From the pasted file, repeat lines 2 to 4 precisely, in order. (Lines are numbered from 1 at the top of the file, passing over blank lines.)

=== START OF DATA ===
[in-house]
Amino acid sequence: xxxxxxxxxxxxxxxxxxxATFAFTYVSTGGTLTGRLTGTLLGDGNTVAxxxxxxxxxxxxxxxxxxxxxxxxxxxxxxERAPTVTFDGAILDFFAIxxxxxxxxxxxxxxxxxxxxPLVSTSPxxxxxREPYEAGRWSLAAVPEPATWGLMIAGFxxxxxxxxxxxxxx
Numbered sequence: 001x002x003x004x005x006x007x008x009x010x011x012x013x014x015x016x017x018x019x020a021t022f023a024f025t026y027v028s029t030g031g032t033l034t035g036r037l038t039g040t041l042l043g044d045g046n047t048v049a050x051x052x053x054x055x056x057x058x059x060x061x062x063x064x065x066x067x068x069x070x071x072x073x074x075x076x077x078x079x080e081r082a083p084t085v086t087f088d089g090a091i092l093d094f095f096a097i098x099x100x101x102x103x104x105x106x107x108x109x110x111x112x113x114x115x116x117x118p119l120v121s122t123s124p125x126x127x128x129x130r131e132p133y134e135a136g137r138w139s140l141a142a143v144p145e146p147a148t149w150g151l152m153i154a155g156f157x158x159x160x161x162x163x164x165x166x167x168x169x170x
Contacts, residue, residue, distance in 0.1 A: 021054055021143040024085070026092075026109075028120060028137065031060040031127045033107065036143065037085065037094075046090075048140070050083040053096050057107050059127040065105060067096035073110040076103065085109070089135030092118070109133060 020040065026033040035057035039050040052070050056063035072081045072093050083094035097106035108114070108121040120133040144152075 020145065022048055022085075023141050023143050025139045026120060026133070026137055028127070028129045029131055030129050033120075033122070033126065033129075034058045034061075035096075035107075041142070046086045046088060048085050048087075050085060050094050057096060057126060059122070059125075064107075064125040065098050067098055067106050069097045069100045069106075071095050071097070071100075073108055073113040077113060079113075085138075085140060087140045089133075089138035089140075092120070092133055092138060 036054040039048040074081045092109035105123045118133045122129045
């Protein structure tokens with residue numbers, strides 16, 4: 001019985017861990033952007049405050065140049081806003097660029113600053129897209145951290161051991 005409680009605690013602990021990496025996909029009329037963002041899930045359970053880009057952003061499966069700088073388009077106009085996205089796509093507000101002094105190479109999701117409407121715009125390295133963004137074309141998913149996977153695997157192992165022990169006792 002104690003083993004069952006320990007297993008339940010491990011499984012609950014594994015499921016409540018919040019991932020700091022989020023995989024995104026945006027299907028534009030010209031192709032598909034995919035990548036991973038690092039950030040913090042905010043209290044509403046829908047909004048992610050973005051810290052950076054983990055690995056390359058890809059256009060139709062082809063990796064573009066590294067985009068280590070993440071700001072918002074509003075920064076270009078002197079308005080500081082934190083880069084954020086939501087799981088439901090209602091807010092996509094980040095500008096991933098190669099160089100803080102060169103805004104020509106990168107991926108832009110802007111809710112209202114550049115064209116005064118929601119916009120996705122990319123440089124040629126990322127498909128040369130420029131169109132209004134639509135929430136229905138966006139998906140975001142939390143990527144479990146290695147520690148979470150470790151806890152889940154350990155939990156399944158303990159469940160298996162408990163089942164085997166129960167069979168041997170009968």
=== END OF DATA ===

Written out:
Amino acid sequence: xxxxxxxxxxxxxxxxxxxATFAFTYVSTGGTLTGRLTGTLLGDGNTVAxxxxxxxxxxxxxxxxxxxxxxxxxxxxxxERAPTVTFDGAILDFFAIxxxxxxxxxxxxxxxxxxxxPLVSTSPxxxxxREPYEAGRWSLAAVPEPATWGLMIAGFxxxxxxxxxxxxxx
Numbered sequence: 001x002x003x004x005x006x007x008x009x010x011x012x013x014x015x016x017x018x019x020a021t022f023a024f025t026y027v028s029t030g031g032t033l034t035g036r037l038t039g040t041l042l043g044d045g046n047t048v049a050x051x052x053x054x055x056x057x058x059x060x061x062x063x064x065x066x067x068x069x070x071x072x073x074x075x076x077x078x079x080e081r082a083p084t085v086t087f088d089g090a091i092l093d094f095f096a097i098x099x100x101x102x103x104x105x106x107x108x109x110x111x112x113x114x115x116x117x118p119l120v121s122t123s124p125x126x127x128x129x130r131e132p133y134e135a136g137r138w139s140l141a142a143v144p145e146p147a148t149w150g151l152m153i154a155g156f157x158x159x160x161x162x163x164x165x166x167x168x169x170x
Contacts, residue, residue, distance in 0.1 A: 021054055021143040024085070026092075026109075028120060028137065031060040031127045033107065036143065037085065037094075046090075048140070050083040053096050057107050059127040065105060067096035073110040076103065085109070089135030092118070109133060 020040065026033040035057035039050040052070050056063035072081045072093050083094035097106035108114070108121040120133040144152075 020145065022048055022085075023141050023143050025139045026120060026133070026137055028127070028129045029131055030129050033120075033122070033126065033129075034058045034061075035096075035107075041142070046086045046088060048085050048087075050085060050094050057096060057126060059122070059125075064107075064125040065098050067098055067106050069097045069100045069106075071095050071097070071100075073108055073113040077113060079113075085138075085140060087140045089133075089138035089140075092120070092133055092138060 036054040039048040074081045092109035105123045118133045122129045